“How Black People Use Twitter,” an August article from Slate magazine upset many with its questionable treatment of Black Twitter users as a monolith but also suggested some interesting data around how those studied used social networking. The article included figures from an Edison Media Research study, which found that “one-quarter of people on Twitter are African-American.” That is to say that their Twitter profiles featured pictures of Black people, since Twitter does not solicit demographic information.
A separate study, featured in the article, noted “a cluster of hundreds of users whose profiles were connected to one another.” Many of these highly connected users were identified as Black. The article goes on to detail that among the large communities of connected Black Twitter users was a tendency to have “reciprocal” online connections, with the users following each other and enabling them to have conversations in lieu of broadcasting a message. What is communicated in these conversations is perhaps most important. While Slate magazine takes an interest in “blacktags” and other trivial exchanges, there is an argument for the presence of legitimate scholarly discourse. In addition, while all types of folks use social media and the internet in general to publish work and encourage dialog, it is the back and forth informed by Black worldview and culture that is critical.
There are countless Black educators, artists, activists and professionals on Twitter and Facebook ,engaging in conversation everyday. What they tweet enters the ether and becomes accessible and relevant to people who may not otherwise encounter their voice. In a sense, academia is opening up and becoming concise and immediate.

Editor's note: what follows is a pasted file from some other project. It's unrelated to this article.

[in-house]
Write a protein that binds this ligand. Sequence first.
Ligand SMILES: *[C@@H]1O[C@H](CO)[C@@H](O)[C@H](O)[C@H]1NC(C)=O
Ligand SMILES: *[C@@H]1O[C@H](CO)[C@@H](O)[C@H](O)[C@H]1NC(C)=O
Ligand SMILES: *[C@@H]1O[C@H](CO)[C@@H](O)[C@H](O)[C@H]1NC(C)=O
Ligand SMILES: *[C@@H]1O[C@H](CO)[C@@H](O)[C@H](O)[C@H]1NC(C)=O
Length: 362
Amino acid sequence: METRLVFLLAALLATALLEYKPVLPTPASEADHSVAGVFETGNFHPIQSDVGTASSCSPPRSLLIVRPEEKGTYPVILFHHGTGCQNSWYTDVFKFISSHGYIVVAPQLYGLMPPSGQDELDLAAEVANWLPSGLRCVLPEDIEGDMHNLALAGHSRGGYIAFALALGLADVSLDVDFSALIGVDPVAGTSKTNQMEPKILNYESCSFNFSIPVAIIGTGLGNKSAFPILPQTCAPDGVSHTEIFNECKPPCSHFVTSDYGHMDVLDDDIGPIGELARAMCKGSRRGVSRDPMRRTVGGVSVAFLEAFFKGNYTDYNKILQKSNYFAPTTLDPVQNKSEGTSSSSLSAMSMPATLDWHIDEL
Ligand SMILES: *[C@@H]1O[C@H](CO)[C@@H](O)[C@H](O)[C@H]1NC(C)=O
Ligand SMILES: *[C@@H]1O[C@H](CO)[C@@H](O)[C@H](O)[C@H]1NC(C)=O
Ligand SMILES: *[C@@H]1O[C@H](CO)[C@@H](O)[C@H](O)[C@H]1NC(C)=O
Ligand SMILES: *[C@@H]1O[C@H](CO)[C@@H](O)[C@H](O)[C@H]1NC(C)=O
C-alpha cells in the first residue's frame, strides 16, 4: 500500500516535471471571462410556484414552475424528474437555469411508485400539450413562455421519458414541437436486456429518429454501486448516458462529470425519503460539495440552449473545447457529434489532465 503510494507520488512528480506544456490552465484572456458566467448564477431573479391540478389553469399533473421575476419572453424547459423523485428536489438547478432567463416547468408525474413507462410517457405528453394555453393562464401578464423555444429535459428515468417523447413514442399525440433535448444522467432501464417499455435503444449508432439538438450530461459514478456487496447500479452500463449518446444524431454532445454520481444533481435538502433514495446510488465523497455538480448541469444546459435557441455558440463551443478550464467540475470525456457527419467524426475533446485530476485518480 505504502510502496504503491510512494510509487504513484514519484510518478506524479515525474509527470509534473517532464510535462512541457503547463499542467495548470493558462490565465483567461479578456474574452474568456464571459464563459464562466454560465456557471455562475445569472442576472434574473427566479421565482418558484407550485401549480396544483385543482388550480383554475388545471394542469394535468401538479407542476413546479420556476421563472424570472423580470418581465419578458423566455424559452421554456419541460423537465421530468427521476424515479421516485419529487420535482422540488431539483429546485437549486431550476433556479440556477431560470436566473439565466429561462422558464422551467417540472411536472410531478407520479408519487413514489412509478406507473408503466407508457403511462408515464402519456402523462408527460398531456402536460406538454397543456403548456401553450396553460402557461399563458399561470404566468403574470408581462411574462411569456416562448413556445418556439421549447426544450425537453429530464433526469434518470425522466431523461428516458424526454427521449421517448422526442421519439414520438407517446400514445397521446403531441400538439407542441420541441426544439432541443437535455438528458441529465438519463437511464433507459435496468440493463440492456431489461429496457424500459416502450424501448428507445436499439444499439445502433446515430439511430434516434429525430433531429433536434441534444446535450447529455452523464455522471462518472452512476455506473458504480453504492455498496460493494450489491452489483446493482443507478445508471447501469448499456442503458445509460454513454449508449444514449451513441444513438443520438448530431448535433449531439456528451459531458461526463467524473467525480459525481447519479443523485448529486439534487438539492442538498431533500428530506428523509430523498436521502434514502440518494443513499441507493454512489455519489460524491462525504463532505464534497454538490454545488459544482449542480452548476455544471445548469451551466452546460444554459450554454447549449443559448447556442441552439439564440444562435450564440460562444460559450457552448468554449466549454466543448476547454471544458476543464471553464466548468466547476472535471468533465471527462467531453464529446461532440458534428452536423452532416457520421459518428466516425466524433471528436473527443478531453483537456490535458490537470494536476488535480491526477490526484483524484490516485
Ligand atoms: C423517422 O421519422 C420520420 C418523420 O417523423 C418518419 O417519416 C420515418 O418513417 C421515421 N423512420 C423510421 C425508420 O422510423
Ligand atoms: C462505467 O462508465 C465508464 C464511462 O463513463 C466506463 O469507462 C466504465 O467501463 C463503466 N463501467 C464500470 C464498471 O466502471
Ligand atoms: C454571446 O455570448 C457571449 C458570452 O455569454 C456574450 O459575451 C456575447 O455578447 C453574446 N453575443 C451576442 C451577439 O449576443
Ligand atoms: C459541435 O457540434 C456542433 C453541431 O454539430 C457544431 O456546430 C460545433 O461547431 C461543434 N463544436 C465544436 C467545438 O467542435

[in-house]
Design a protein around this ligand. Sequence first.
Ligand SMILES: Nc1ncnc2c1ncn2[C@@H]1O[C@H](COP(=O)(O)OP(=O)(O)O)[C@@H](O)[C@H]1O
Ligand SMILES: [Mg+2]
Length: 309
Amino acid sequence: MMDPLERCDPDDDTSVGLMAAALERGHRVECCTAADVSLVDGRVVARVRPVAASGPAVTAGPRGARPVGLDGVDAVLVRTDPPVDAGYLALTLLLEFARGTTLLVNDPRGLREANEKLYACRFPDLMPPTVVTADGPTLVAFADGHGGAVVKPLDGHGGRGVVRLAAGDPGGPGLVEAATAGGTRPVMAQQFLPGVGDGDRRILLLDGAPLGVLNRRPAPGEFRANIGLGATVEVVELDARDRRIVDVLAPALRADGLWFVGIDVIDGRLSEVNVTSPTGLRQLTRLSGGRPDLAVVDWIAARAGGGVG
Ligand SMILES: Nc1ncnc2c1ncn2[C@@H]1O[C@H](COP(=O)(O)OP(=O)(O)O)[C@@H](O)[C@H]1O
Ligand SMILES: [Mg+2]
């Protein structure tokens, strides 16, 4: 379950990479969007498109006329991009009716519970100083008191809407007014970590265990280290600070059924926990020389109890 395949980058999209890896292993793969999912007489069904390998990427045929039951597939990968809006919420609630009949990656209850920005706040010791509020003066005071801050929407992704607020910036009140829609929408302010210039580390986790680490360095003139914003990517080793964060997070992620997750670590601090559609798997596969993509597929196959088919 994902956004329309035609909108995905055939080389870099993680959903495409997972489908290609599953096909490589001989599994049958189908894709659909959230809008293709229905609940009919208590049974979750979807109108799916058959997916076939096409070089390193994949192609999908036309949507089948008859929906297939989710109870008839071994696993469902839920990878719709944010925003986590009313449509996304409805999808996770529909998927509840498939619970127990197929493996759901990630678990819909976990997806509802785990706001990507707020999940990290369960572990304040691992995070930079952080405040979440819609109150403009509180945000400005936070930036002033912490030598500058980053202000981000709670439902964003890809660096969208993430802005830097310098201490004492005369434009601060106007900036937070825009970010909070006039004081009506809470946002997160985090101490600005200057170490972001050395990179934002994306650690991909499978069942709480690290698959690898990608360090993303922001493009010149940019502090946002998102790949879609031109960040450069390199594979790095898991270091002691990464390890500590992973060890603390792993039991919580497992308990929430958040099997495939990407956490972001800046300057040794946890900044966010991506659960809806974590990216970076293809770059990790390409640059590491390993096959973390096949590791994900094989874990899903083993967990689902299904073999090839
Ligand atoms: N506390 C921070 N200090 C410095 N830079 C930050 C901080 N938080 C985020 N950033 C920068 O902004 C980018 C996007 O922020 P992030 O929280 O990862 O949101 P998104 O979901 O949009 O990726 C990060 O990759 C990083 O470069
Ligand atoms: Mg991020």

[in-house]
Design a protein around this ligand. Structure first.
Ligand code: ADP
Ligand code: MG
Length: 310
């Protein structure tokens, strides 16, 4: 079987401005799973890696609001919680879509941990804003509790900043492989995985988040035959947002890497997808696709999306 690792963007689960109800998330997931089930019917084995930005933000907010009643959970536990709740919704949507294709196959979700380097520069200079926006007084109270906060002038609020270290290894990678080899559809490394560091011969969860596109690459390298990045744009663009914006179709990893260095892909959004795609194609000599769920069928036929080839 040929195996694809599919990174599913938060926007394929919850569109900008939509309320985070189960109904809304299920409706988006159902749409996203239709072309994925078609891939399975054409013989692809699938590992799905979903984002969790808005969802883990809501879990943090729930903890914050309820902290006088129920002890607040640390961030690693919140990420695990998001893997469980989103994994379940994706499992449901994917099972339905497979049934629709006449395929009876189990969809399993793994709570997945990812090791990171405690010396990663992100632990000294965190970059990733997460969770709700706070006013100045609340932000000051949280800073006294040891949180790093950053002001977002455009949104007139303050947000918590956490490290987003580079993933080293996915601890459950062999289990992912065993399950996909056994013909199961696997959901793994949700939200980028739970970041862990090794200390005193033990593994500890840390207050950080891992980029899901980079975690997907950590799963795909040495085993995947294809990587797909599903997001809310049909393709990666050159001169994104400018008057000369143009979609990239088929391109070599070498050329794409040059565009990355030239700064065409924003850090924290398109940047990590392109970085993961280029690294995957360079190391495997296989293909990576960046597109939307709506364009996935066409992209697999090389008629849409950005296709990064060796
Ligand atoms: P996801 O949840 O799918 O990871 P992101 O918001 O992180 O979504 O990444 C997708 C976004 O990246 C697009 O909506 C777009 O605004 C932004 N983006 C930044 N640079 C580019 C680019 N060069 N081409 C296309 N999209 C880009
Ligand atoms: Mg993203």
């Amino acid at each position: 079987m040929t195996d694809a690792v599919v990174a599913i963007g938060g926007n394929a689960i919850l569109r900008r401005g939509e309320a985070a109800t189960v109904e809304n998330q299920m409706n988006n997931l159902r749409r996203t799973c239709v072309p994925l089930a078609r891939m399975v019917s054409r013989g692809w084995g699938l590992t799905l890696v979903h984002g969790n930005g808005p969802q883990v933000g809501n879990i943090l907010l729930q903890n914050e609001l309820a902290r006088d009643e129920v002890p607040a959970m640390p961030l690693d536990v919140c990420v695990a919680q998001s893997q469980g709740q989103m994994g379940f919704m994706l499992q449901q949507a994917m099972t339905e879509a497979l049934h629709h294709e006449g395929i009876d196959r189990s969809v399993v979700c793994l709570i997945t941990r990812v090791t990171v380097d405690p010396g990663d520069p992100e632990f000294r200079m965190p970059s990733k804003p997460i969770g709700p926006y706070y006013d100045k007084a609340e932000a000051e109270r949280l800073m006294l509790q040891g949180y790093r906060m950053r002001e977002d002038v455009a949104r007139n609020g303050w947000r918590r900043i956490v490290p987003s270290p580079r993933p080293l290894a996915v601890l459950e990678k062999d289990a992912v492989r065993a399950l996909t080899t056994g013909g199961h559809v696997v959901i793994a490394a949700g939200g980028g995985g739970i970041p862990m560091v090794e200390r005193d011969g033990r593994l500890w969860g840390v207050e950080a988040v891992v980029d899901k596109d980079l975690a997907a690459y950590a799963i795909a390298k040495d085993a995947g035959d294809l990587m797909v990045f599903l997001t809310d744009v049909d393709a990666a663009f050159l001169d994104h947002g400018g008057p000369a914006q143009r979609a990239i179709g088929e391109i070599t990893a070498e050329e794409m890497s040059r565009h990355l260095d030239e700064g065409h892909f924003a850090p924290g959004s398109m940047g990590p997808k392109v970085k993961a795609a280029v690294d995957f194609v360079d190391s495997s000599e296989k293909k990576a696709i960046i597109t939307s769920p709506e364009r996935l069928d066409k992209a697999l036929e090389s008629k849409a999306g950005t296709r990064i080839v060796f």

Take for example, the Twitter account of Princeton Center for African American Studies Professor Imani Perry. From @imaniperry, the professor has messaged everything from her weekend breakfast to a celebration of Esperanza Spalding’s Grammy win. She recently shared, “The cross burning case was Virginia v. Black (2003) Article [Clarence] Thomas cited: "Crimes w/o Punishment" is on my website www.imaniperry.com,” in reference to work of hers cited in a Supreme Court opinion. Although I have never met Dr. Perry, she and I follow 15 of the same Twitter profiles, people from feminist heroine bell hooks to singer Janelle Monáe. What those individuals tweet goes directly to Perry. What she tweets goes out to her 2,818 followers, including myself.
Platforms like Twitter and Facebook have become invaluable in generating interest around topics for writers, educators and activists, arguably the most important group: activists. Environmental justice leader Majora Carter has pioneered green-collar job training in the South Bronx and other areas. She is now the president of her own consulting firm but maintains a Facebook fan page where she promotes things like free conferences on environmental issues and tougher hate crime legislation.
Gerren Gaynor, senior at Morehouse College and managing editor of the school’s student newspaper said, “Twitter and Facebook have become the primary forms of communication for The Maroon Tiger. I think it is more effective for our audience because students are always on the go. It’s the best and most effective way to get information to the masses."
Accordingly, Morehouse’s 86-year-old paper was recently given a wider audience when its site was added to a Huffington Post page for college news and opinions.
The need to connect with like minds and new ideas is especially valuable for particular segments of the Black population. Social media has been a way for recent college graduates to stay connected in debates and discussion they may not outside the classroom. For others, it is a tool to discover new information and vet ideas in an instant. Online platforms are essential in carving out a space of their own for the Black community, especially around scholarship that is often marginalized and ignored. They highlight what Black people have been doing forever but moving forward it is important that we use the technology more purposefully, regularly and mindful of the weight of what we type. The community is watching and ready to retweet.